Despite the stupefyingly circuitous route from my then home in western Canada to Austin, Texas, I was thrilled about the flight I took in 2009. For I knew that I’d arrive at the airport terminal that bears the name of the Black politician whose spellbinding speech, during the 1974 Watergate impeachment hearings, effectively forced U.S. president Richard “Tricky Dick” Nixon to resign.
The airport also boasts a magnificent, life-sized bronze statue of the figure. I’m talking about the late congresswoman Barbara Charline Jordan.
As it happened, I’d also corresponded with Jordan (who’d retired from politics in 1979) about a book on Black women’s health that I was completing in the 1990s. While she declined my invitation to contribute to the volume, I cherish the letter in which she wished me well with the project. Afflicted with multiple sclerosis, Jordan died, in January 1996, from pneumonia as a complication of leukemia. She was 59.
Like many 2SLGBTQIA+ folk back then, I’d heard rumours about Jordan’s romantic relationship with Nancy Earl, a psychologist she’d reportedly met during a camping trip in the 1960s. Neither woman ever acknowledged the liaison publicly. However, during the eulogy for her colleague and longtime personal friend, former Texas Governor Ann Richards spoke directly to Earl. “Well, Nancy,” Richards said. “The truth is, I’d counted on Barbara preaching my funeral.”
Two months later, Jordan was the subject of a cover story in The Advocate, a prominent 2SLGBTQIA+ magazine. “Lesbianism was a secret the former congresswoman chose to take to her grave,” noted the widely read article.
The appointment of Laphonza Butler — a Black and openly lesbian union organizer — to fill the U.S. senate seat left vacant by the recent death of Dianne Feinstein (Democrat-California) has prompted my reflections on Jordan’s closeted life. By contrast, peep the photo of Butler’s swearing-in ceremony with her beaming wife, Neneki Lee, by her side. To say nothing of Vice President Kamala Harris.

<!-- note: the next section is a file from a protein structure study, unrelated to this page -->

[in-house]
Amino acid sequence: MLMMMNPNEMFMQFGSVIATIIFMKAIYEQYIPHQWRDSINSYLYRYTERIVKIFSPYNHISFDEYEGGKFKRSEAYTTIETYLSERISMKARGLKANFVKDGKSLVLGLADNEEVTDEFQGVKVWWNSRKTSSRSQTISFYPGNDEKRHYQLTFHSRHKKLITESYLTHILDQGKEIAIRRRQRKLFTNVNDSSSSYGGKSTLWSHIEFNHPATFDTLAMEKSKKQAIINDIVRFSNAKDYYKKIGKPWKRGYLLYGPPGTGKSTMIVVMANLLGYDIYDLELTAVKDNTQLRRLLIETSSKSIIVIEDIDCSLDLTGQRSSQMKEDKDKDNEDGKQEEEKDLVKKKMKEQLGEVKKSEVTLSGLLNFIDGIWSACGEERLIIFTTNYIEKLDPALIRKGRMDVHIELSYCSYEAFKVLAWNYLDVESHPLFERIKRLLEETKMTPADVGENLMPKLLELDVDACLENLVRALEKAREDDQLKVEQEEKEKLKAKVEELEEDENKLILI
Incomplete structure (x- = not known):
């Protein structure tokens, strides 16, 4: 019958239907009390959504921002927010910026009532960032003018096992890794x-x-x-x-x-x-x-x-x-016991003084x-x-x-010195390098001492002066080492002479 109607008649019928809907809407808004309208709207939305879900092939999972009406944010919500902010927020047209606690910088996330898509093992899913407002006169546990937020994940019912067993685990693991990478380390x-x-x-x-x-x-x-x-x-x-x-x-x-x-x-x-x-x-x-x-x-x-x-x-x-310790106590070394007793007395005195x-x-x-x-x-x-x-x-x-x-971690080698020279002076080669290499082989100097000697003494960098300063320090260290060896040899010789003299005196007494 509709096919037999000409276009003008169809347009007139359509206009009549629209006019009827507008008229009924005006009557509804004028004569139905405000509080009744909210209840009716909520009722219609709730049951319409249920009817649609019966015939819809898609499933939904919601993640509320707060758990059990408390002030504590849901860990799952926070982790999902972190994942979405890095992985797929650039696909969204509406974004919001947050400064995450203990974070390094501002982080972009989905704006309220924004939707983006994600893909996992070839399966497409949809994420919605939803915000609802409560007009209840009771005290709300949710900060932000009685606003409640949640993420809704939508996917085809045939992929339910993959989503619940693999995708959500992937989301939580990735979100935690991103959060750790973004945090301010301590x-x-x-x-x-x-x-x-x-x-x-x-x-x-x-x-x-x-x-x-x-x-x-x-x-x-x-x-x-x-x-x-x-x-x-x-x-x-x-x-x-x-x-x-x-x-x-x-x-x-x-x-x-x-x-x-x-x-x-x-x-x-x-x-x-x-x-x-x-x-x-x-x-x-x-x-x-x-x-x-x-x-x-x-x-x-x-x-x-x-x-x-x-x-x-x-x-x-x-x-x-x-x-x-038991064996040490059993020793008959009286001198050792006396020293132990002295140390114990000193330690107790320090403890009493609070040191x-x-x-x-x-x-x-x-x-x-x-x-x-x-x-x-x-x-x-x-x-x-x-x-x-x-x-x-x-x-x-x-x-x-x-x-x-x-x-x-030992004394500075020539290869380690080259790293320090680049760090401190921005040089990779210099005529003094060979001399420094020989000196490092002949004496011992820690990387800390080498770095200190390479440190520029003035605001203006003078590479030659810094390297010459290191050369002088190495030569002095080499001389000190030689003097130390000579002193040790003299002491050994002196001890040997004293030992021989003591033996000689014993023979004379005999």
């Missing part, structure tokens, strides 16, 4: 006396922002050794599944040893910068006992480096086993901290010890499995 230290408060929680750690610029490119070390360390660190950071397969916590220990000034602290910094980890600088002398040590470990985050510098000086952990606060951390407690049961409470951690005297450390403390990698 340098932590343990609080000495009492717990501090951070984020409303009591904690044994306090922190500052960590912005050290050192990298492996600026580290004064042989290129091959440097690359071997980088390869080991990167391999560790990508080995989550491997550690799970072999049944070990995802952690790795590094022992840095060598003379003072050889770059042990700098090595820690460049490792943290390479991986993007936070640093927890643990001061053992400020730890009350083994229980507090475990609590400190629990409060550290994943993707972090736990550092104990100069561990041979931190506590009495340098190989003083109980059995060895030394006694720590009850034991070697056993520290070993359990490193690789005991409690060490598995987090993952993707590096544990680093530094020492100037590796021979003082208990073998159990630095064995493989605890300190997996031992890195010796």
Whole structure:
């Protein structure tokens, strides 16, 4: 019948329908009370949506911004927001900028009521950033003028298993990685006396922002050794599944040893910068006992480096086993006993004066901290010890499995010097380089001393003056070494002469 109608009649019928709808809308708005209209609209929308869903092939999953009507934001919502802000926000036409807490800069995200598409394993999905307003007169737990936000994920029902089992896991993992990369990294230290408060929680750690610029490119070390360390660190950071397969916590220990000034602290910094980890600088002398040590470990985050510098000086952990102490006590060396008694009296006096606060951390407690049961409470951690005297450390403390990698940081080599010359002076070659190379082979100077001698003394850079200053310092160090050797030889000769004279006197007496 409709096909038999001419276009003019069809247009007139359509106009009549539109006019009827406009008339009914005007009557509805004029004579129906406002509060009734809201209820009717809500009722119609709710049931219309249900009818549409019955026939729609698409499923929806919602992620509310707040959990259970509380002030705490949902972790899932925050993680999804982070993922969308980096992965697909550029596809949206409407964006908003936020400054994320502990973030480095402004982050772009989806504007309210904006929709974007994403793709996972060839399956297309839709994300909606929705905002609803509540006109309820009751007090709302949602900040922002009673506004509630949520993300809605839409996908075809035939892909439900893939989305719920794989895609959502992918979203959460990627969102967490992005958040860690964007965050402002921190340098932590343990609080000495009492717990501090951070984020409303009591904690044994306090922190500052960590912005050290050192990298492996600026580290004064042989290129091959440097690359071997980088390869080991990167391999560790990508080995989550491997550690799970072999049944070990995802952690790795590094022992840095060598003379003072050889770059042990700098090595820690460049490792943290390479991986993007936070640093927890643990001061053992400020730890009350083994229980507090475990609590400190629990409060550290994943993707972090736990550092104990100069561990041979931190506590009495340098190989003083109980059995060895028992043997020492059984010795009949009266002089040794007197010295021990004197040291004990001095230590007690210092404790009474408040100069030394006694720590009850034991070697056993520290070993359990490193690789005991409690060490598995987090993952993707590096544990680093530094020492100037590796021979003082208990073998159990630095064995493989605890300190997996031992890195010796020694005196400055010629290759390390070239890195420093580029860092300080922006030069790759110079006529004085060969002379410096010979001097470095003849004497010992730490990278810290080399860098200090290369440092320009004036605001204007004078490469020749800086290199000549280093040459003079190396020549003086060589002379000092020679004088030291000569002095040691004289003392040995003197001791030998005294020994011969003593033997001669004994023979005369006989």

About the landmark event, Butler later said: “I decided … to serve at my greatest potential, to lead and to deliver at my highest impact, to raise my voice to the highest volume on behalf of creating a better more equitable future.”
Butler’s ascent has also reminded me of the energetic 2SLGBTQIA+ adolescents (and their straight allies) that I’ve met as an instructor for Writers’ Federation of Nova Scotia sponsored workshops at the MacPhee Centre for Creative Learning in Dartmouth. Mindful of media reports about unmarked graves at former residential school sites, I’d asked participants at last summer’s MacPhee writing camp to draft a letter to an Indigenous child. They were all in.
They’d just put pen to paper (old-school style) when I received word that a visitor would be passing through the room. Much to my surprise, Deputy Prime Minister Chrystia Freeland walked in. Before heading upstairs, the former journalist offered words of encouragement to the group. While unfamiliar with Freeland or the specifics of her job, a self-described queer youth later told me that she thought the Deputy Prime Minister was “really cool.”
This brings me to Halifax Pride. I understand that the embattled organization held its annual general meeting, last week, via Zoom. I didn’t attend and have no idea what happened. Personally, I’ve released the phantom 2023 march/parade as the fiasco it has been; a major fail at a time when 2SLGBTQIA+ folk (especially trans youth) are under siege.
On the upside, here’s a field note for a (hopefully) rejuvenated Halifax Pride. Why not think big and plan next year’s festivities as a public tribute to a Black, openly lesbian activist/musician with hometown roots? I’m talking about Faith Nolan who spent her early years in Africville and whose debut 1986 album Africville won the 2021 Polaris Heritage Prize.
For it’s not been lost on me that many Halifax Pride events have historically been scheduled at the same time as the annual Africville Reunion (and vice versa). I’ve longed for a collaboration between the groups, ideally at Africville Park, that would bring greater voice and visibility to the issues of equity and inclusion that both espouse.
Indeed, several years ago, I floated the Faith Nolan/Halifax Pride concept to an African Nova Scotian civic leader without whose vigorous support the idea would likely sink in the Bedford Basin. As of this writing, no response.
As much as this Come From Away (and all that the term connotes) would rejoice in a Halifax Pride/Africville Reunion salute to the artistry and activism of Faith Nolan, I’m thinking mainly about the local 2SLGBTQIA+ youth of all ethnicities (and hair colours) who are in increasing need of affirmation. I’m all in for bridging the multiple divides in a city that should strive to reach its highest potential.